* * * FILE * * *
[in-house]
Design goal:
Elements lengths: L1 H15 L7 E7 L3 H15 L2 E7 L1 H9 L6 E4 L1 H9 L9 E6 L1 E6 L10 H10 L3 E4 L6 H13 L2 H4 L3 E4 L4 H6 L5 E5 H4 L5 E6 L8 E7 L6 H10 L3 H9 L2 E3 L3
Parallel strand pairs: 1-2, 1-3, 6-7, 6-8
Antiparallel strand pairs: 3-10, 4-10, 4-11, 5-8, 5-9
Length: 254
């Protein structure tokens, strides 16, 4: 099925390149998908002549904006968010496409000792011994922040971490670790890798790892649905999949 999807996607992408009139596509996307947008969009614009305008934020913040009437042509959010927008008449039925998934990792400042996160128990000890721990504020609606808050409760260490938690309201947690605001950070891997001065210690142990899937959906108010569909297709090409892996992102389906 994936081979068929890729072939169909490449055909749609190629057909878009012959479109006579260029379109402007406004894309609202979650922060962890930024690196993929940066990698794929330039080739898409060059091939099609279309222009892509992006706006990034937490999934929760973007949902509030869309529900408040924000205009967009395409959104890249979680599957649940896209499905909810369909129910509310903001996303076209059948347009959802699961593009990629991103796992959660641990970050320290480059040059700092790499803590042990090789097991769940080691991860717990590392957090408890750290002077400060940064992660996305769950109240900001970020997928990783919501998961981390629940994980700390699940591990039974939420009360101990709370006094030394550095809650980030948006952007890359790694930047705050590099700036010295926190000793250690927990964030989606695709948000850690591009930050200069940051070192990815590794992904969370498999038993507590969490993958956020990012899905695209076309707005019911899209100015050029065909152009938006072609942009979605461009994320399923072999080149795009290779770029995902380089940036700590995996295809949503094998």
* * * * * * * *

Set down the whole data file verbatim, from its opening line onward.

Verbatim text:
[in-house]
Design goal:
Elements lengths: L1 H15 L7 E7 L3 H15 L2 E7 L1 H9 L6 E4 L1 H9 L9 E6 L1 E6 L10 H10 L3 E4 L6 H13 L2 H4 L3 E4 L4 H6 L5 E5 H4 L5 E6 L8 E7 L6 H10 L3 H9 L2 E3 L3
Parallel strand pairs: 1-2, 1-3, 6-7, 6-8
Antiparallel strand pairs: 3-10, 4-10, 4-11, 5-8, 5-9
Length: 254
């Protein structure tokens, strides 16, 4: 099925390149998908002549904006968010496409000792011994922040971490670790890798790892649905999949 999807996607992408009139596509996307947008969009614009305008934020913040009437042509959010927008008449039925998934990792400042996160128990000890721990504020609606808050409760260490938690309201947690605001950070891997001065210690142990899937959906108010569909297709090409892996992102389906 994936081979068929890729072939169909490449055909749609190629057909878009012959479109006579260029379109402007406004894309609202979650922060962890930024690196993929940066990698794929330039080739898409060059091939099609279309222009892509992006706006990034937490999934929760973007949902509030869309529900408040924000205009967009395409959104890249979680599957649940896209499905909810369909129910509310903001996303076209059948347009959802699961593009990629991103796992959660641990970050320290480059040059700092790499803590042990090789097991769940080691991860717990590392957090408890750290002077400060940064992660996305769950109240900001970020997928990783919501998961981390629940994980700390699940591990039974939420009360101990709370006094030394550095809650980030948006952007890359790694930047705050590099700036010295926190000793250690927990964030989606695709948000850690591009930050200069940051070192990815590794992904969370498999038993507590969490993958956020990012899905695209076309707005019911899209100015050029065909152009938006072609942009979605461009994320399923072999080149795009290779770029995902380089940036700590995996295809949503094998």